While equity markets enjoyed a strong start to 2012, there have been signs of fatigue as investors and traders focus on the risks to the market. The market has serious headwinds that must be acknowledged. Most prominent is the debt overhang in the developed world.
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Risks to the market include:
- Ongoing sovereign debt crisis centered in Europe
- Slowdown in China
- Tail risk to Japanese interest rates
- High unemployment and structural unemployment issues, including long-term unemployment and youth unemployment
- Presidential election
- Geopolitical issues in the Middle East
- High oil prices
- Weak and stagnant housing market
Retirees who are seeking yields and are long-term bullish on the markets should stick with high-quality equities. With interest rates in the developed world at record lows and central bankers focused on fueling inflation, I am hesitant about holding long-duration bonds despite their strong performance throughout the crisis.
Retirees should combine quantitative metrics (equity screeners) with qualitative attributes when looking for equities to add to their portfolios.
While the economic environment is poor, equities are relatively cheap. The S&P 500 (SPY) is trading at a modest 13.0 times price to earnings ratio. The equities listed below have been able to increase cash flow, earnings, and dividends over the last decade. I expect the management teams to be able to increase dividends over the next decade due to the wide moats of their business models.
In terms of qualitative attributes, I look for companies with strong market share in their respective markets with business models that are recession-resilient.
- Price-to-Earnings ratio less than 20.0 times -- focused on relatively inexpensive equities.
- Dividend Yields greater than the 10-year Treasury -- focused on equities that will provide cash income greater than the 10-year Treasury. While the equity price (principle value) might fluctuate due to market conditions, holders can count on the cash flow from dividends.
- Low Debt-to-EBITDA ratios -- focused on equities with modest debt relative to cash flow. EBITDA (earnings before interest, taxes, depreciation and amortization) is a proxy for cash flow.
- Market Capitalization greater than $5 billion -- focused on large capitalization equities, which generally have better access to capital markets and have more durable business models.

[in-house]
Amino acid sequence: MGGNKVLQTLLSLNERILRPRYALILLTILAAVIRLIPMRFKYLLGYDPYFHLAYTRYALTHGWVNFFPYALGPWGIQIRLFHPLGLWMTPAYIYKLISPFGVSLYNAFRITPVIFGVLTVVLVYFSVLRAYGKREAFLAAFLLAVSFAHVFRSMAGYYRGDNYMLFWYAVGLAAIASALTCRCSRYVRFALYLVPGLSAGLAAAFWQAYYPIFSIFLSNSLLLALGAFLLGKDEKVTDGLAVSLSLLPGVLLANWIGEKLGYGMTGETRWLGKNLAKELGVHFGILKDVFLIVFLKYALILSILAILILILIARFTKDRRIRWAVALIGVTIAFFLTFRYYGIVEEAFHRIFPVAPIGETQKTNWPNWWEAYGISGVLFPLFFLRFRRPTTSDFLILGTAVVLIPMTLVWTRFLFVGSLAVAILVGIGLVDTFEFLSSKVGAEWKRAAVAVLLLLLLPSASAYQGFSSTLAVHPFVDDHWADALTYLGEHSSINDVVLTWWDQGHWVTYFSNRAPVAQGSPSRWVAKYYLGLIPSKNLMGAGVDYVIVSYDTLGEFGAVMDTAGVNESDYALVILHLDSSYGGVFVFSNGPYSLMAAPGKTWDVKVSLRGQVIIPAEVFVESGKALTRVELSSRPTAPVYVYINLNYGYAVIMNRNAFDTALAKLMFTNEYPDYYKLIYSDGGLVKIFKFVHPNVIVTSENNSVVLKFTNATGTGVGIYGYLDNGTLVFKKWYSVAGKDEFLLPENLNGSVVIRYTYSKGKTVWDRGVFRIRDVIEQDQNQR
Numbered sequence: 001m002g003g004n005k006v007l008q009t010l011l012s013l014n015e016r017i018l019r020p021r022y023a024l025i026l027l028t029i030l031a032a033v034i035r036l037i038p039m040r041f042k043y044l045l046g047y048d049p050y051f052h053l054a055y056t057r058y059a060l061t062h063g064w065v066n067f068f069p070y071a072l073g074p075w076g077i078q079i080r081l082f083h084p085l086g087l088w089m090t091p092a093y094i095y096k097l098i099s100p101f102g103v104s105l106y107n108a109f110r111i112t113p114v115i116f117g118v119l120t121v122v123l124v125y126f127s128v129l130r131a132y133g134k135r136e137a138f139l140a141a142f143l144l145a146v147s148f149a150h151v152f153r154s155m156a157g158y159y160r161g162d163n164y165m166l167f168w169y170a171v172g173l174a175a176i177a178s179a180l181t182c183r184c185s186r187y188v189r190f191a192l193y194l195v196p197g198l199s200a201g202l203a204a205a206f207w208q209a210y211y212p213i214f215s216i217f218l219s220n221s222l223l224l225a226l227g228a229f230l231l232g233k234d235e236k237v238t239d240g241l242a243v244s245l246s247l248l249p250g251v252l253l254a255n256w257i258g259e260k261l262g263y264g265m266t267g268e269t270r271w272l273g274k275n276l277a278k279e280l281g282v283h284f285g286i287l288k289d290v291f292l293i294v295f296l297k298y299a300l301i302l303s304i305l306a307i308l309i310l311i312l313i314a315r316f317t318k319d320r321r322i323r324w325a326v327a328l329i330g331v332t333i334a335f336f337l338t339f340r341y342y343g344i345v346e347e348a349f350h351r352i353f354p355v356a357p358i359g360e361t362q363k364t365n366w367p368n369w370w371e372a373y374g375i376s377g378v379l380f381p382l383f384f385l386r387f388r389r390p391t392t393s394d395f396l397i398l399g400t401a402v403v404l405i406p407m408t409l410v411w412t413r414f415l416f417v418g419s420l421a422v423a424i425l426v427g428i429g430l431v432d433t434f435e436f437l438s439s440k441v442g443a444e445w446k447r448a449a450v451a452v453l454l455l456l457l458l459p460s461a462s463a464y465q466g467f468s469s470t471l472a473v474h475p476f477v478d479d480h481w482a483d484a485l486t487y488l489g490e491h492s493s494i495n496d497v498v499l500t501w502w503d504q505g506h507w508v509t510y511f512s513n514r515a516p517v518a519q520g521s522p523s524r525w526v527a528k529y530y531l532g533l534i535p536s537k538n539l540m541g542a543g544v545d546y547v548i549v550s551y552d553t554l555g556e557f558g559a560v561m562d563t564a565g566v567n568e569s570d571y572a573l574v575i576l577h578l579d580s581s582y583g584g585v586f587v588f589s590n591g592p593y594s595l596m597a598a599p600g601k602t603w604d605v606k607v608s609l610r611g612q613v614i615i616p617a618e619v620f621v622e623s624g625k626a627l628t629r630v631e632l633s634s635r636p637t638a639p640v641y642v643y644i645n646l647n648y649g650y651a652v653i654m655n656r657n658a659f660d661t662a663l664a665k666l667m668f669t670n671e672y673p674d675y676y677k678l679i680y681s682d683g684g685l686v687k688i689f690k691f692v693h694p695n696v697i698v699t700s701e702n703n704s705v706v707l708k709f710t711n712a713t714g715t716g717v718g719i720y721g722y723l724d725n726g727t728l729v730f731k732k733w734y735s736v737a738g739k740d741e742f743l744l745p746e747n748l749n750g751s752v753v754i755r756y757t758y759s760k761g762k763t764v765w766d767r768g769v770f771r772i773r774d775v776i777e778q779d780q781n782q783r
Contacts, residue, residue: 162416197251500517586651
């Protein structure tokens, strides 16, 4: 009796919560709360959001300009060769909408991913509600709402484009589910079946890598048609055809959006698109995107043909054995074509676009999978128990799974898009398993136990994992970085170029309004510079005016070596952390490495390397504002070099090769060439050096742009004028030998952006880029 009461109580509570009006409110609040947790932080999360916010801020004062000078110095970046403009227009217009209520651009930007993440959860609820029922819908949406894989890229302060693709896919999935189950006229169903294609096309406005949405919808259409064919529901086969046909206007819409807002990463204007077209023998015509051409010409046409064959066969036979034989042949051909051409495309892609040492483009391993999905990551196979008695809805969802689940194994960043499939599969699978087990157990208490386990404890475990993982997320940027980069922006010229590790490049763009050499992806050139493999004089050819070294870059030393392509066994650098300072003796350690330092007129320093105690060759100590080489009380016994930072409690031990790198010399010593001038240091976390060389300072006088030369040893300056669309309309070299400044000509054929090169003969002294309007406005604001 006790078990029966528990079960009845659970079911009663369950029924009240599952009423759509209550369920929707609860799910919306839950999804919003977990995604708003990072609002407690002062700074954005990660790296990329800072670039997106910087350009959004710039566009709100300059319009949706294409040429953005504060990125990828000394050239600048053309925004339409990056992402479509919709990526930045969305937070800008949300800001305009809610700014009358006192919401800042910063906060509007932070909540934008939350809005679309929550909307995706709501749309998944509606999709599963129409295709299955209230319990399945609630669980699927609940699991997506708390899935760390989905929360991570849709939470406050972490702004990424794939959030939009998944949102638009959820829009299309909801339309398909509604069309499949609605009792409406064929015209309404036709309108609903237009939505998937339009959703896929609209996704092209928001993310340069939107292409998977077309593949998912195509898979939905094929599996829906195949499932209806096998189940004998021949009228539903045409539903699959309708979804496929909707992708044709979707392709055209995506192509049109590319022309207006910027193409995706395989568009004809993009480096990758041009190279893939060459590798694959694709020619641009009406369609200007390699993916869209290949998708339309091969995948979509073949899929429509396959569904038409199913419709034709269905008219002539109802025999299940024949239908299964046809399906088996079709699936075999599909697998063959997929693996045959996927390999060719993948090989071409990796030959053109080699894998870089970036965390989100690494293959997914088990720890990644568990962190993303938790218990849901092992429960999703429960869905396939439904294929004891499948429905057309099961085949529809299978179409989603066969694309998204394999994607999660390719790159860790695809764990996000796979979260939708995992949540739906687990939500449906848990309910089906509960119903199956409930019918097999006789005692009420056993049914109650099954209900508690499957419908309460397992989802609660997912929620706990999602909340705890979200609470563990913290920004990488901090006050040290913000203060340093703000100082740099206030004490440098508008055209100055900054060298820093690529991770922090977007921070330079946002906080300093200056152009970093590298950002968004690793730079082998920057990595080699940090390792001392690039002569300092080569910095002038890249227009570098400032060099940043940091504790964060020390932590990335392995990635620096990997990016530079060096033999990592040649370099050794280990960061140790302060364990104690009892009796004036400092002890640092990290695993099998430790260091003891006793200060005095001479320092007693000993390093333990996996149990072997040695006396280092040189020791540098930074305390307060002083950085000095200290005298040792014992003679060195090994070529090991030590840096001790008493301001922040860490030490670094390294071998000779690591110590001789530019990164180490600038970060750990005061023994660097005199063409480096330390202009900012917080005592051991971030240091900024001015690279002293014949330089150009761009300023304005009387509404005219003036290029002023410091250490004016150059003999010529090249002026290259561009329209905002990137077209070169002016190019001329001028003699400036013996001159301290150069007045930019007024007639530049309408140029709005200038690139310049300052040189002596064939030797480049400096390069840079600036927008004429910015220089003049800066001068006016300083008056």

Molson Coors Brewing Co. (TAP) -- beverages
Price to Earnings: 11.3 times
Dividend Yield: 3.1%
Debt to EBITDA: 2.9 times
Market Capitalization: $7.4 billion
Rationale: Molson Coors Brewing is the second largest brewer in Canada and the U.S. While the company operates in a low-growth end market, the beer business is relatively stable. Its scale provides cost benefits over other competitors.
Waste Management (WM) -- waste management services
Price to Earnings: 17.2 times
Dividend Yield: 4.0%
Debt to EBITDA: 3.0 times
Market Capitalization: $16.3 billion
Rationale: Waste Management is a dominant player in the landfill and waste management business. The company operates 300 landfills. It operates a stable, annuity-like business and provides investors with a strong 4% dividend.
Coca-Cola Co. (KO) -- beverages
Price to Earnings: 19.5 times
Dividend Yield: 2.8 %
Debt to EBITDA: 2.2 times
Market Capitalization: $162.9 billion
Rationale: The company operates a global brand with an unparalleled distribution network. Coca-Cola has strong growth opportunities in the emerging markets. The company maintains a strong balance sheet and will provide investors with strong dividends for years to come.
Medtronic (MDT) -- healthcare
Price to Earnings: 12.1 times
Dividend Yield: 2.6%
Debt to EBITDA: 1.9 times
Market Capitalization: $39.0 billion
Rationale: Medtronic is the largest medical device manufacturer in the world. The company holds nearly 50% share in the heart device market. Aging demographics in the developed world will benefit this name.
Pfizer (PFE) -- pharma
Price to Earnings: 19.7 times
Dividend Yield: 4.0%
Debt to EBITDA: 1.4 times
Market Capitalization: $164.6 billion
Rationale: The company has a strong pipeline of drugs and provides a strong dividend to shareholders. Pfizer will benefit from an aging global population that is seeking drugs to cure ailments. Its scale provides significant economies of scale. Pfizer has a strong balance sheet to support the development or acquisition of new drugs.
Johnson & Johnson (JNJ) -- consumer/healthcare
Price to Earnings: 18.2 times
Dividend Yield: 3.6%
Debt to EBITDA: 1.0 times
Market Capitalization: $174.4 billion
Rationale: Johnson & Johnson commands the No. 1 or No. 2 position in the majority of its markets. The company's business model is recession-resilient. Aging demographics and the increased spending on healthcare will benefit the company.